19. The facts of the instant case are also different form the facts in Peirce Leslie & Company's case  38 ITR 356 . In that case, a tea estate of a private company was being managed by the first defendant company as its secretary. The private company was in financial difficulties. That tea estate was offered for sale. The first defendant, the second defendant and others came forward to purchase the estate. It may be noted that the first defendant-company had a controlling interest in the second defendant-company (also referred to in the decision as the new company). The facts brought out in the case had established that the first defendant-company, which was managing the private company owning the tea estate, has used its position with the private company and had got that estate sold from the private company to the Second defendant-company for a far lesser sum that the one offered by others. Thus, to the extent of its interest in the second defendant-company, the first defendant-company had been benefited from this transaction. In this connection, the court observed that the first defendant-company stood in a fiduciary capacity to the plaintiffs, who were shareholders of that private company, the owners of the tea estate, and that having misused that relationship, the first defendant-company had knocked away the property and had enriched itself unjustly and was, therefore, liable to make good to the plaintiffs that loss to the extent indicated in their judgment. As can be from the facts of this case - Peirce Leslie & Company's case,  38 ITR 356 - it was that defendant who had been directly benefited from this transaction who had been made liable.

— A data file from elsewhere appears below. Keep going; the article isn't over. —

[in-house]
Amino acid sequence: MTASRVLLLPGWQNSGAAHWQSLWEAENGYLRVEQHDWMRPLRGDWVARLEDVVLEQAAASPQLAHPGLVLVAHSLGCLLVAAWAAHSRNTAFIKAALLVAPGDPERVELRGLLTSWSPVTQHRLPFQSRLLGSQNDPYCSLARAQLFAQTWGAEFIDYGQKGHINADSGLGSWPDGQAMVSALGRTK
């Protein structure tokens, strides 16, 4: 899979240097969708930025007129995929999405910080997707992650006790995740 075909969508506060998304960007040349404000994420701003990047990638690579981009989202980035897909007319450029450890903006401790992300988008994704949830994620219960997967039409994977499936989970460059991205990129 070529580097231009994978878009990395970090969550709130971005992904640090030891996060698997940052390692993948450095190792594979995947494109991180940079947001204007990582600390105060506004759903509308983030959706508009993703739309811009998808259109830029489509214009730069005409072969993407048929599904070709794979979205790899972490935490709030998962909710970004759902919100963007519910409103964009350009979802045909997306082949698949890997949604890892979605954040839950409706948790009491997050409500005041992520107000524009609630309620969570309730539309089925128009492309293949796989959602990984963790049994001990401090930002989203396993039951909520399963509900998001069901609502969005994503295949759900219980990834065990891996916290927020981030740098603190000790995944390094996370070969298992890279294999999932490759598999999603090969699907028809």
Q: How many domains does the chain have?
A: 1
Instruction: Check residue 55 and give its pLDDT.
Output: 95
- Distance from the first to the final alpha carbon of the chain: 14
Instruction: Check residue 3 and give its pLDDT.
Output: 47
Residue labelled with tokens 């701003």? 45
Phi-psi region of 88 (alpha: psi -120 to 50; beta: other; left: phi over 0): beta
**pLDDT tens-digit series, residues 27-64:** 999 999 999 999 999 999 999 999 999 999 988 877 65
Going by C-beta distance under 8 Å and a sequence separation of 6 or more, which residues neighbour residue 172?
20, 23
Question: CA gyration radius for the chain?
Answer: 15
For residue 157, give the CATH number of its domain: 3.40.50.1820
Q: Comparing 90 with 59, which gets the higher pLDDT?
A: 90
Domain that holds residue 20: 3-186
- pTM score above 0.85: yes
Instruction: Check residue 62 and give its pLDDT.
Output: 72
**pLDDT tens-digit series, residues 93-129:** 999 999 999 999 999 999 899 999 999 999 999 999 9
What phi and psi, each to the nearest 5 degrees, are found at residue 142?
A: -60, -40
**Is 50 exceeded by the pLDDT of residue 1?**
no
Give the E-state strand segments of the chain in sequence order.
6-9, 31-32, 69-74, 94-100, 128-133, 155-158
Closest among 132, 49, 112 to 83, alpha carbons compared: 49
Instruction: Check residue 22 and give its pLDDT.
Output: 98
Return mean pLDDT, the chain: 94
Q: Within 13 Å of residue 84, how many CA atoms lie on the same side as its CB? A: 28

20. In the instant case, admittedly, it is no Lakshmayya who had received the money directly from Rayalaseema Bank. The plaintiff's case is that Lakshmayya was in need of money and, therefore, using his influence as one of the directors, got that loan sanctioned to his friends, and had taken that money from his friends in order to use it at the time of his elections and thereby he had been benefited from the said transaction and was liable to repay the loan. As already stated, to such facts neither s. 70 of the Act nor the principle underlying that section - doctrines of unjust enrichment - is applicable. Construing s. 70, in State of West Bengal v. B.K. Mondal & Sons. : AIR1962SC779 , the Supreme Court observed at para. 17 as follows (headnote) :